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Pablo Artal, Silvestre Manzanera; Neural Adaptation to Brightness Perception in Patients Implanted with a Small Aperture Inlay. Invest. Ophthalmol. Vis. Sci. 2018;59(9):4939. doi: https://doi.org/.
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© ARVO (1962-2015); The Authors (2016-present)
Small apertures are successfully used to extend depth of focus in presbyopic patients implemented either as corneal inlays or intraocular lenses. Although the use of small apertures reduces retinal illuminance, patients report a less significant reduction in the perceived brightness as could be expected, suggesting an adaptation process. The purpose of this study was to quantify the relative perceived brightness in the two eyes of patients implanted monocularly with a small aperture inlay.
We used a binocular adaptive optics vision simulator to determine the relative perceived brightness. This allows full control over both the size and transmittance of the entrance pupils on both eyes. Four patients implanted monocularly with the KAMRA corneal inlay (1.6 mm) participated in the study. The projected pupil on the eye implanted with the inlay alternated in diameter between 0 and 2.5 mm (effective 1.6 mm) whilst the corresponding fellow eye projected pupil alternated between 0 and 3 mm or 0 and 4 mm at a frequency of 1 Hz. Alternation on both eyes was synchronized so that only one eye at a time had a non-blocked pupil. At equal transmittance, a flickering was perceived. Patients’ task consisted of modifying the transmittance of the pupil corresponding to the fellow eye until the perceived flickering, due to the different perceived brightness, was minimized. This equalizing transmittance (ET) value indicates the relative perceived brightness. The experiment was performed under 2 luminance levels (232 and 23.2 cd/m2) in green (550 nm) light.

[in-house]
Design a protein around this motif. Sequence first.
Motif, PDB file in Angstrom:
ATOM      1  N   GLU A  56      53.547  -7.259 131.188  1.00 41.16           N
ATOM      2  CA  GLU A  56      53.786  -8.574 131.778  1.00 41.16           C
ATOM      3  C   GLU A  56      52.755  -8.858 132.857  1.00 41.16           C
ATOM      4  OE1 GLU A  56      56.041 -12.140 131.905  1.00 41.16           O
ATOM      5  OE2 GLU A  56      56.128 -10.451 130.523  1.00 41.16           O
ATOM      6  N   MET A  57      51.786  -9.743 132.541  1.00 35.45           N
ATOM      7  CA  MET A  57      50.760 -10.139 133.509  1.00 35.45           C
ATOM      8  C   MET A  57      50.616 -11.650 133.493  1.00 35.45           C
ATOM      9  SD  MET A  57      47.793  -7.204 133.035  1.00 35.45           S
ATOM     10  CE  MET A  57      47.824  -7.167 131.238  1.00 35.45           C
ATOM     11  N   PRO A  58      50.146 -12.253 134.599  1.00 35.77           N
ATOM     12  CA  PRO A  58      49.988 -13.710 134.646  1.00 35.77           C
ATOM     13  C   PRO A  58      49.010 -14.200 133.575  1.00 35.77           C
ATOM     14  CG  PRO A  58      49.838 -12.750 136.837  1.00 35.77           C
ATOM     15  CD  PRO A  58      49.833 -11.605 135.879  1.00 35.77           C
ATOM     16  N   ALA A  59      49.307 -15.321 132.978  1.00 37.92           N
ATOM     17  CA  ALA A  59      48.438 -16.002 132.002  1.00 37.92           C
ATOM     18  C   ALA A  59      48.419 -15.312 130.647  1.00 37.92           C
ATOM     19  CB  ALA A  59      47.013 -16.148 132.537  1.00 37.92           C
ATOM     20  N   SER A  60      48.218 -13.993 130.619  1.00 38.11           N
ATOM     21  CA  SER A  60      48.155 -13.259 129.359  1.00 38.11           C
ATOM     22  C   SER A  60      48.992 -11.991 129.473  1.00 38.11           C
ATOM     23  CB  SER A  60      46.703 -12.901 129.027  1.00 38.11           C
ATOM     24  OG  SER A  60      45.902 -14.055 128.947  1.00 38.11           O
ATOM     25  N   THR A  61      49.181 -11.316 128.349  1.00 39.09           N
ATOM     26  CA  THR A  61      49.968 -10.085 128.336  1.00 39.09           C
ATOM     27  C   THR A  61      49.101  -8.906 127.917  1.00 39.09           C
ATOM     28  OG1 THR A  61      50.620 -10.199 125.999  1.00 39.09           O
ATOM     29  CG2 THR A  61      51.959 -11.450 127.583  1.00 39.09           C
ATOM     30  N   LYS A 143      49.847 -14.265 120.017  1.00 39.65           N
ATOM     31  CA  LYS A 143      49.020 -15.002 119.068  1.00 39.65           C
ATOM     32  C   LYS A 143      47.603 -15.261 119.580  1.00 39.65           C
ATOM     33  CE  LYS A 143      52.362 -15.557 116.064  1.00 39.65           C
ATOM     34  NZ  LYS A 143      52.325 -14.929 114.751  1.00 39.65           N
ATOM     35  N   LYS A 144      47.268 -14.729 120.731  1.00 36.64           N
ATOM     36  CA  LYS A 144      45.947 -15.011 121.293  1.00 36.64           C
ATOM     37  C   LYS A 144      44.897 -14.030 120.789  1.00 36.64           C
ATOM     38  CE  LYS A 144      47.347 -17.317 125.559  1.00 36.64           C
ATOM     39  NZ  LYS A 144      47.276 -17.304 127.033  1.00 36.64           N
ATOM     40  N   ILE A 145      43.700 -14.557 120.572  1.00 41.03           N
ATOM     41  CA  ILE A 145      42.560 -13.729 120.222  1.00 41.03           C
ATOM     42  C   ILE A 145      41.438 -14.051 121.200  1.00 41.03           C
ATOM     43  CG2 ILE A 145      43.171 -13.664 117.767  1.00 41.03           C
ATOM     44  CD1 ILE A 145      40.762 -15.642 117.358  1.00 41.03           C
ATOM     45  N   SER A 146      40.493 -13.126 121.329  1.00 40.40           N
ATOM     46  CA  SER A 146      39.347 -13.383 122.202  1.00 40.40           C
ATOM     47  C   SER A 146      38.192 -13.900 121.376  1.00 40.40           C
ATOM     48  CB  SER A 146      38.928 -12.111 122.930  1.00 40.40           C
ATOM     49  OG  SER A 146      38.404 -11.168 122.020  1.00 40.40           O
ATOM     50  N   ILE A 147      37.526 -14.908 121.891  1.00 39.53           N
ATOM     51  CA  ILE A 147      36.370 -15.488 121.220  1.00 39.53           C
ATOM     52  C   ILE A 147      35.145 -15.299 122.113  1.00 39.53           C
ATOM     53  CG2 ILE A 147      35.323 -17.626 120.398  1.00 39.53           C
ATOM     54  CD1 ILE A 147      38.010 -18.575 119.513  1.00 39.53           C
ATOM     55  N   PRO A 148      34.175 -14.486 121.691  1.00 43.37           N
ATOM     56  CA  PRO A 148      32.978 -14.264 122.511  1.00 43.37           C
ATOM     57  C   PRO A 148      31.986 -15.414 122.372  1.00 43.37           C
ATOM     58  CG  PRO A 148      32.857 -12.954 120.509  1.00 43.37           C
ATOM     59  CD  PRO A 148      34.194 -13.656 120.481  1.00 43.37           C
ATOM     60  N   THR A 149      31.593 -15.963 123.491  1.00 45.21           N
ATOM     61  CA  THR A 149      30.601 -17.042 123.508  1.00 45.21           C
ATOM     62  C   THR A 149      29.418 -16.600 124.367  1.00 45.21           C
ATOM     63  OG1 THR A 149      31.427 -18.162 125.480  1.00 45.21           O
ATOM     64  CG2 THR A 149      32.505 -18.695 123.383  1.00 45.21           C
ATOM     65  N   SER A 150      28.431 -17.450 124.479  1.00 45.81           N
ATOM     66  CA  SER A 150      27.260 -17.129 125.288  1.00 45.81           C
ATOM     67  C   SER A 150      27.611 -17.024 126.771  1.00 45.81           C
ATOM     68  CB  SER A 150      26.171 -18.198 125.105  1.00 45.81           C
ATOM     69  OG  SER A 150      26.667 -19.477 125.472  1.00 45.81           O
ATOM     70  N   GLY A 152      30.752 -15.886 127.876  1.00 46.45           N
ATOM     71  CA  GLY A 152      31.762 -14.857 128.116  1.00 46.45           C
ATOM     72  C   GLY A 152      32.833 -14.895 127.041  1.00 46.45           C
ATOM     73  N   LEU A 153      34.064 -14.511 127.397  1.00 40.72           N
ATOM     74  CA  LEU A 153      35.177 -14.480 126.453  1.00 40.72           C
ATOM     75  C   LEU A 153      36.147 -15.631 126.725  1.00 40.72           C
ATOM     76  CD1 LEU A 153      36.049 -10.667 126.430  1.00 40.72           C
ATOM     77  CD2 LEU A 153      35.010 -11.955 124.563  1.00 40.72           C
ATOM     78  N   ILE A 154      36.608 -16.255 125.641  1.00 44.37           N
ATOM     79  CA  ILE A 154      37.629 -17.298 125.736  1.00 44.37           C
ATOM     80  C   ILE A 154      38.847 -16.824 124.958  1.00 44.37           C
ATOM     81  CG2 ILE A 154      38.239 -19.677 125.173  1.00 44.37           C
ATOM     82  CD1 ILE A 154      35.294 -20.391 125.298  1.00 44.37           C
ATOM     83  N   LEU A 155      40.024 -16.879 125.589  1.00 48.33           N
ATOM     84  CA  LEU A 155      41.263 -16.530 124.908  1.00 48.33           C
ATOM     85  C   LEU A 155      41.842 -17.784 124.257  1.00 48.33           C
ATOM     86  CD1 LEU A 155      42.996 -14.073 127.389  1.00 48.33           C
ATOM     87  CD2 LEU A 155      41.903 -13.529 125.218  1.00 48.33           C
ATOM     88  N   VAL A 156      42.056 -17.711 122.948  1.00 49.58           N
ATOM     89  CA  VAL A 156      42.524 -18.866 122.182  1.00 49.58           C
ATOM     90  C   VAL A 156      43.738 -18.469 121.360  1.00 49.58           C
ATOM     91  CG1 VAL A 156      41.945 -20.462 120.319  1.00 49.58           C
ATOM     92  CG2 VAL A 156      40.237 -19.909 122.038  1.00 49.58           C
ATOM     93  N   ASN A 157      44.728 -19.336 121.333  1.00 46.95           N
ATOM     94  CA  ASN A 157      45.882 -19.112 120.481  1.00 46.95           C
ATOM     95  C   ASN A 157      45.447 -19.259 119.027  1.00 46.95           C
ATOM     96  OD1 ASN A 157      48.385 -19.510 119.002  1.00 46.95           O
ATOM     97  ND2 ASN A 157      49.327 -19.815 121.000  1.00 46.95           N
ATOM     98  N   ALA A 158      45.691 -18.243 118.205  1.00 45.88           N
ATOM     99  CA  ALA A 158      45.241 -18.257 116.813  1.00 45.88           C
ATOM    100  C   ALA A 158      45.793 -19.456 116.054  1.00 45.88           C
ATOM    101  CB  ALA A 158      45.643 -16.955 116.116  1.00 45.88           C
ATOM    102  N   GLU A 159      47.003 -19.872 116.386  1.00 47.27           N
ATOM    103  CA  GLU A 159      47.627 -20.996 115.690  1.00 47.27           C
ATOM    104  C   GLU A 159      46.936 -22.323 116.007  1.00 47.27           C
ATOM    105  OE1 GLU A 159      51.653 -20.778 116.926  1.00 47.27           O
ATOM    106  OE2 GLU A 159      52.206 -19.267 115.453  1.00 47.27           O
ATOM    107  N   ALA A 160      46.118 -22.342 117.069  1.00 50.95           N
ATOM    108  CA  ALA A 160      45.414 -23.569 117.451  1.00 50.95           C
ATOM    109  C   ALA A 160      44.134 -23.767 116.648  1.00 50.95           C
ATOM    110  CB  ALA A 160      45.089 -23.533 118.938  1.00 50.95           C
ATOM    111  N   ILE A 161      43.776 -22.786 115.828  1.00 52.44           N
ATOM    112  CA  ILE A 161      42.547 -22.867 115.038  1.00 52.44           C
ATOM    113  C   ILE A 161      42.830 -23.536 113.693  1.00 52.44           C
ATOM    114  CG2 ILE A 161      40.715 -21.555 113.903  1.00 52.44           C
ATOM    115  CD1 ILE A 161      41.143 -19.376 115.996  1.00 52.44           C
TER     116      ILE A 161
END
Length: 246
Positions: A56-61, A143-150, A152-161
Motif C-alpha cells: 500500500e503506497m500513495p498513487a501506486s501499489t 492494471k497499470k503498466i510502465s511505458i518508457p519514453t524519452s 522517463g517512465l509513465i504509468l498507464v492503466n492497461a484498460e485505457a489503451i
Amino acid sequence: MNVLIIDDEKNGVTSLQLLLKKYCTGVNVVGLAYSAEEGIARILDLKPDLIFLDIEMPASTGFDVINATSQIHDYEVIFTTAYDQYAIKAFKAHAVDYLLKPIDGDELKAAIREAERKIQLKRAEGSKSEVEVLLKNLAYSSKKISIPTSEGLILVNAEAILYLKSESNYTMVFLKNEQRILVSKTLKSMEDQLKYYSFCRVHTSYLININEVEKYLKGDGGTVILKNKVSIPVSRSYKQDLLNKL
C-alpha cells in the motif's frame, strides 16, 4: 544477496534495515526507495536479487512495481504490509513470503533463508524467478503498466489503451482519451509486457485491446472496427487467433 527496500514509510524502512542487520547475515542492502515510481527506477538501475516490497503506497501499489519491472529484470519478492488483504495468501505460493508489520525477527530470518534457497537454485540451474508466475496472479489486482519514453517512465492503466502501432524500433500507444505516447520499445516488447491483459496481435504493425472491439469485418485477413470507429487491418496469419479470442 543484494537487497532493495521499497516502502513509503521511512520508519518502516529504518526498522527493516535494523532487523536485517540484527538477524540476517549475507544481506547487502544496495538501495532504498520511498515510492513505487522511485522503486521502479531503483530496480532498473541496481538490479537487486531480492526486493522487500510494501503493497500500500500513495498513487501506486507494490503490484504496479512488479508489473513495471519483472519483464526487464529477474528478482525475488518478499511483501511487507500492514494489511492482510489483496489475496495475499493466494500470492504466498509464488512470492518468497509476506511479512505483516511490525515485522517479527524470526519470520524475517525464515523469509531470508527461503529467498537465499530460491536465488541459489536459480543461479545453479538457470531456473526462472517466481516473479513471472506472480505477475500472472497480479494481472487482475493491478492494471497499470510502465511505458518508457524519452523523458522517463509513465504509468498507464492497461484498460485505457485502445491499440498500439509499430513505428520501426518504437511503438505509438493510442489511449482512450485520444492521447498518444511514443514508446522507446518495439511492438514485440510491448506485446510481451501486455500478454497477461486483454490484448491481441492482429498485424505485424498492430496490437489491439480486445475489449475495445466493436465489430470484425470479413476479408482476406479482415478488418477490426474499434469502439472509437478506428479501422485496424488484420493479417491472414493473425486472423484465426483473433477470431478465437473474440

The average value of ET across subjects was compared with the expected value based on simple geometrical considerations. The results for both luminance levels were similar. ET measured was a factor of 2.0x and 2.7x the expected value for the cases with the fellow eye with pupil sizes of 3.0 and 4.0 mm respectively. In all cases the differences were statistically significant (Student’s t-test; p<0.01).
Patients implanted with the small aperture corneal inlay exhibited an enhanced brightness perception with the eye implanted in comparison with their untreated fellow eye. The amount of this increase is much larger than what could be expected due the Stiles-Crawford effect and was probably due to a neural adaptation process. This phenomenon could explain a reported equalization of brightness between eyes in patients with unilateral inlays.
This is an abstract that was submitted for the 2018 ARVO Annual Meeting, held in Honolulu, Hawaii, April 29 - May 3, 2018.
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